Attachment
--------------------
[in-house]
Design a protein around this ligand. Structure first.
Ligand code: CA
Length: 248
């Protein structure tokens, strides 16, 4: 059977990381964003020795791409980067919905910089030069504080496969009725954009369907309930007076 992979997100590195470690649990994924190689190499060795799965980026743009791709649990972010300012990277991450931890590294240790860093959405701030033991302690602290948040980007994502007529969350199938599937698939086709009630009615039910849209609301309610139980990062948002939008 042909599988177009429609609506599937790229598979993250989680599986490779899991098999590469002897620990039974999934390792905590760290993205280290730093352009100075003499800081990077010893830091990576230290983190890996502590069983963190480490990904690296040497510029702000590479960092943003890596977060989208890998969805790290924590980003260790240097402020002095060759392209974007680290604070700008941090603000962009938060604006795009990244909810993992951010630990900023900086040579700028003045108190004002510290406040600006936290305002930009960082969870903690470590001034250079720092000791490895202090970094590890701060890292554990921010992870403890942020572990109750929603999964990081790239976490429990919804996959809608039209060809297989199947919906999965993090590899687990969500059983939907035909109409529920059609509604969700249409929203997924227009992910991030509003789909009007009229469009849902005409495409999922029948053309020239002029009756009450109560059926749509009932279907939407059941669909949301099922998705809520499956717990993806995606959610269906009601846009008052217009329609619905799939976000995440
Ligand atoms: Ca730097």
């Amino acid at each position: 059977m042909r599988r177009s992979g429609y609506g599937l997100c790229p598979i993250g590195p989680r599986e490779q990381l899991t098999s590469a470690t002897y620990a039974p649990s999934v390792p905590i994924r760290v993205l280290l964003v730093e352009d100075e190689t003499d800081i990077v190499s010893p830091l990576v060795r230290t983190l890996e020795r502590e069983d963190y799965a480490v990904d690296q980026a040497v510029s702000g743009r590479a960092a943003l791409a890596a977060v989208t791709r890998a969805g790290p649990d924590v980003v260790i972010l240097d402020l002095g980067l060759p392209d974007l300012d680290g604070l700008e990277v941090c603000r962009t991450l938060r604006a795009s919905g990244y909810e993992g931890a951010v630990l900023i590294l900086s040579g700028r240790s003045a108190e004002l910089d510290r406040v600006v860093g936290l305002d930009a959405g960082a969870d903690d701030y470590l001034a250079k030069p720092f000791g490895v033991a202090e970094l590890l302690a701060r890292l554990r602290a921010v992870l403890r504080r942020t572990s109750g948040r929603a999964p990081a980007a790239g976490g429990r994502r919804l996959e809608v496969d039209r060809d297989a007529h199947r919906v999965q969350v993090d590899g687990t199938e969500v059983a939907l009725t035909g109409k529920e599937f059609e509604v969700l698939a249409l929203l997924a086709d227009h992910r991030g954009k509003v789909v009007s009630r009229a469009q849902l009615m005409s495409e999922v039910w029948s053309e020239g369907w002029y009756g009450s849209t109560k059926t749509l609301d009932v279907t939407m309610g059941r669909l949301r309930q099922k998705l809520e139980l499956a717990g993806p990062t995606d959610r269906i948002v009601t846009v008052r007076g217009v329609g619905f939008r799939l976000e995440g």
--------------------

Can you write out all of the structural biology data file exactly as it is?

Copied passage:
[in-house]
Design a protein around this ligand. Structure first.
Ligand code: CA
Length: 248
């Protein structure tokens, strides 16, 4: 059977990381964003020795791409980067919905910089030069504080496969009725954009369907309930007076 992979997100590195470690649990994924190689190499060795799965980026743009791709649990972010300012990277991450931890590294240790860093959405701030033991302690602290948040980007994502007529969350199938599937698939086709009630009615039910849209609301309610139980990062948002939008 042909599988177009429609609506599937790229598979993250989680599986490779899991098999590469002897620990039974999934390792905590760290993205280290730093352009100075003499800081990077010893830091990576230290983190890996502590069983963190480490990904690296040497510029702000590479960092943003890596977060989208890998969805790290924590980003260790240097402020002095060759392209974007680290604070700008941090603000962009938060604006795009990244909810993992951010630990900023900086040579700028003045108190004002510290406040600006936290305002930009960082969870903690470590001034250079720092000791490895202090970094590890701060890292554990921010992870403890942020572990109750929603999964990081790239976490429990919804996959809608039209060809297989199947919906999965993090590899687990969500059983939907035909109409529920059609509604969700249409929203997924227009992910991030509003789909009007009229469009849902005409495409999922029948053309020239002029009756009450109560059926749509009932279907939407059941669909949301099922998705809520499956717990993806995606959610269906009601846009008052217009329609619905799939976000995440
Ligand atoms: Ca730097």
């Amino acid at each position: 059977m042909r599988r177009s992979g429609y609506g599937l997100c790229p598979i993250g590195p989680r599986e490779q990381l899991t098999s590469a470690t002897y620990a039974p649990s999934v390792p905590i994924r760290v993205l280290l964003v730093e352009d100075e190689t003499d800081i990077v190499s010893p830091l990576v060795r230290t983190l890996e020795r502590e069983d963190y799965a480490v990904d690296q980026a040497v510029s702000g743009r590479a960092a943003l791409a890596a977060v989208t791709r890998a969805g790290p649990d924590v980003v260790i972010l240097d402020l002095g980067l060759p392209d974007l300012d680290g604070l700008e990277v941090c603000r962009t991450l938060r604006a795009s919905g990244y909810e993992g931890a951010v630990l900023i590294l900086s040579g700028r240790s003045a108190e004002l910089d510290r406040v600006v860093g936290l305002d930009a959405g960082a969870d903690d701030y470590l001034a250079k030069p720092f000791g490895v033991a202090e970094l590890l302690a701060r890292l554990r602290a921010v992870l403890r504080r942020t572990s109750g948040r929603a999964p990081a980007a790239g976490g429990r994502r919804l996959e809608v496969d039209r060809d297989a007529h199947r919906v999965q969350v993090d590899g687990t199938e969500v059983a939907l009725t035909g109409k529920e599937f059609e509604v969700l698939a249409l929203l997924a086709d227009h992910r991030g954009k509003v789909v009007s009630r009229a469009q849902l009615m005409s495409e999922v039910w029948s053309e020239g369907w002029y009756g009450s849209t109560k059926t749509l609301d009932v279907t939407m309610g059941r669909l949301r309930q099922k998705l809520e139980l499956a717990g993806p990062t995606d959610r269906i948002v009601t846009v008052r007076g217009v329609g619905f939008r799939l976000e995440g």